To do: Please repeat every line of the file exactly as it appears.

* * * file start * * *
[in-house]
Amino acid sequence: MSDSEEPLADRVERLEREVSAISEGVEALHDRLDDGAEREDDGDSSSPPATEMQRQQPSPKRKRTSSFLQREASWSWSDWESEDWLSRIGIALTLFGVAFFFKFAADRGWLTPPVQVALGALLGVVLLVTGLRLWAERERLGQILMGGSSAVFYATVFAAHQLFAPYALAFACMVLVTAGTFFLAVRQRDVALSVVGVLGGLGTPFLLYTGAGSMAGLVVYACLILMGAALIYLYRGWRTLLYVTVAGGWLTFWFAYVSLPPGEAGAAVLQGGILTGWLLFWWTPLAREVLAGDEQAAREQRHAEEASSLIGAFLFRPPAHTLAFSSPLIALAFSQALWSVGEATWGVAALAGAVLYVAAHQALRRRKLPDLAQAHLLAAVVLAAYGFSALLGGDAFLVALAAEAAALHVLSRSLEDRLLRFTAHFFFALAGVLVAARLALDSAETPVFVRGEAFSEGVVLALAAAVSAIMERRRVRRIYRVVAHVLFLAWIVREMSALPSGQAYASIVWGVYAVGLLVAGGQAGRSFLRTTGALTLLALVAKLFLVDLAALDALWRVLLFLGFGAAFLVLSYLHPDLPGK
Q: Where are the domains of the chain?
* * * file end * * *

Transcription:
[in-house]
Amino acid sequence: MSDSEEPLADRVERLEREVSAISEGVEALHDRLDDGAEREDDGDSSSPPATEMQRQQPSPKRKRTSSFLQREASWSWSDWESEDWLSRIGIALTLFGVAFFFKFAADRGWLTPPVQVALGALLGVVLLVTGLRLWAERERLGQILMGGSSAVFYATVFAAHQLFAPYALAFACMVLVTAGTFFLAVRQRDVALSVVGVLGGLGTPFLLYTGAGSMAGLVVYACLILMGAALIYLYRGWRTLLYVTVAGGWLTFWFAYVSLPPGEAGAAVLQGGILTGWLLFWWTPLAREVLAGDEQAAREQRHAEEASSLIGAFLFRPPAHTLAFSSPLIALAFSQALWSVGEATWGVAALAGAVLYVAAHQALRRRKLPDLAQAHLLAAVVLAAYGFSALLGGDAFLVALAAEAAALHVLSRSLEDRLLRFTAHFFFALAGVLVAARLALDSAETPVFVRGEAFSEGVVLALAAAVSAIMERRRVRRIYRVVAHVLFLAWIVREMSALPSGQAYASIVWGVYAVGLLVAGGQAGRSFLRTTGALTLLALVAKLFLVDLAALDALWRVLLFLGFGAAFLVLSYLHPDLPGK
Q: Where are the domains of the chain?